Not many ideas this month, too busy writing code, and for the first time an idea sent in by someone else. If you want an idea to appear in next months dump, either anonymously or with your name attached to it feel free to mail me (email@example.com).
Coming up with these is always lots of fun.
BigEye is an idea about a field that I know just about nothing about, so chances are that it’s already been done. The basics are simple enough: use a very large number of low quality sensors to create a telescope with an enormous baseline and very high resolution. A bit like the eye of a fly, tens of thousands, or even millions of webcams pointed up at the sky looking at the stars. A few bright stars could be used to stitch all of the images together, the sheer number of sensors would be used to obviate the need for chilled sensors and to get rid of thermal noise by oversampling.
The technical difficulties in implementing this are likely ‘non-trivial’, I can’t begin to imagine the amount of processing that you’d need to do in order to merge all the images, do accurate detection of cloud cover and other disturbances, but if it is possible to build something like this I really wonder if you could make it work so well that we’d be able to see much further than even our space based telescopes can do at the moment. Just like ‘folding@home’ and ‘seti@home’ you’d be capitalizing on the fact that millions of people already have all the hardware laying around, all they’d need to do is to remember to ‘put the webcam out’ at night.
Mark Bao did a great job on building a website from scratch and selling it within a couple of weeks, and it has inspired countless imitations. Flattering as that is I don’t think imitating something built by a person that has been very open about the whole process including the success and the monetization issues is a nice thing to do. So, rather than to suggest that people go out and imitate threewords.me I’d like to give you an idea that is a variation on the theme but that has not yet been done as far as I know.
One of the bigger issues with the threewords.me concept is to monetize it, and another one is that it will eventually burn out. People giving you three words about other people builds up a nice database of information about those people though, and even though in that context that’s hard to monetize you could get people to give you three words about websites, brands and products.
That would not be quite as viral, and it would require the cooperation of those websites, but the product here (a database of keywords about products, brands and sites) is something that would have immediate value in the SEO game. So you could sell that database to site owners on a subscription basis to spot new trends and to get inspiration about directions they could take their products in. It would essentially be a ‘mini survey’.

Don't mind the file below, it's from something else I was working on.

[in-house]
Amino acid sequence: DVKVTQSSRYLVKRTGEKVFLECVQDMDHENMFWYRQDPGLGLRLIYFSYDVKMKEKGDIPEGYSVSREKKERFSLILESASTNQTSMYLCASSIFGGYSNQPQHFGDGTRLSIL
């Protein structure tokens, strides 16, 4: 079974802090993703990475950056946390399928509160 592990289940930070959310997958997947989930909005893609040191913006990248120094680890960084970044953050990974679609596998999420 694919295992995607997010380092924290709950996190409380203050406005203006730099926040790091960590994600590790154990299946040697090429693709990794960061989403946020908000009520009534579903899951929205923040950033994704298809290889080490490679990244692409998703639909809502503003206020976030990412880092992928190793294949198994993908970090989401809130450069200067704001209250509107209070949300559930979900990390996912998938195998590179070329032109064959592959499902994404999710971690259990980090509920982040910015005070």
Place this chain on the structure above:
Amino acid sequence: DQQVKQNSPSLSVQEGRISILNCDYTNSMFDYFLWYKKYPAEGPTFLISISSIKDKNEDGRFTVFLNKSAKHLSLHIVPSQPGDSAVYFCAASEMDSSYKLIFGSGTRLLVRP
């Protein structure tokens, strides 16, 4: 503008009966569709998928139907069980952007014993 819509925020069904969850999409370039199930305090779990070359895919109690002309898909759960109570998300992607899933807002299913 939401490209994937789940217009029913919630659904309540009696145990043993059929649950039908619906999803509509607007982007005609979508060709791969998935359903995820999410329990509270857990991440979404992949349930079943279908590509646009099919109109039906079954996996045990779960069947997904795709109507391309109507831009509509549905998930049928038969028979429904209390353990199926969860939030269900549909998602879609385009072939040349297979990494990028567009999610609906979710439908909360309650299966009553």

Programming and kids has been a subject that has always interested me, and I’m very much impressed by projects like Steve Klabnik’s Hackety Hack.
Logo and Turtles used to go hand in hand, now it seems that Ruby is the way to go if you want kids to get in to programming (or perhaps, Python).
But building a turtle is beyond most dads, so why not make a turtle ‘at cost’, with a standardized controller talking via bluetooth to the computer that controls it.
Such a turtle could be mass produced for probably less than $10, running of two standard AA penlights.
Flooding the world with Turtles, making it possible to buy them in bulk for distribution to schools, basically doing an AOL carpet bombing with the most interesting peripheral that was ever made for kids would be a great thing to do!
If $10 is too much for you, but you do have an internet connection, we’ll give you access to ours. What it would be is an arena the size of a large sandbox with a huge white sheet of paper as the base. Turtles could do their own thing, or they could compete for a prize, maybe be programmed to play football based on the images seen by the cams (that’s pretty advanced stuff) or in other little games.
Periodically someone would have to park the turtles for a little while and replace the sheet of paper, an overhead camera could save the ‘designs’ for posterity after each run and give you a permalink to it.
Alternatives are obstacle courses, turtle races and so on. Companies could sponsor the operation of the turtle arena by having a turtle run around the arena to write a corporate logo in selected spots, marking off the time to the next ‘reset’.
The internet is a stalkers wet dream, plenty of victims, almost perfect anonymity and governments and providers that are pretty lax in their dealings with these negative elements.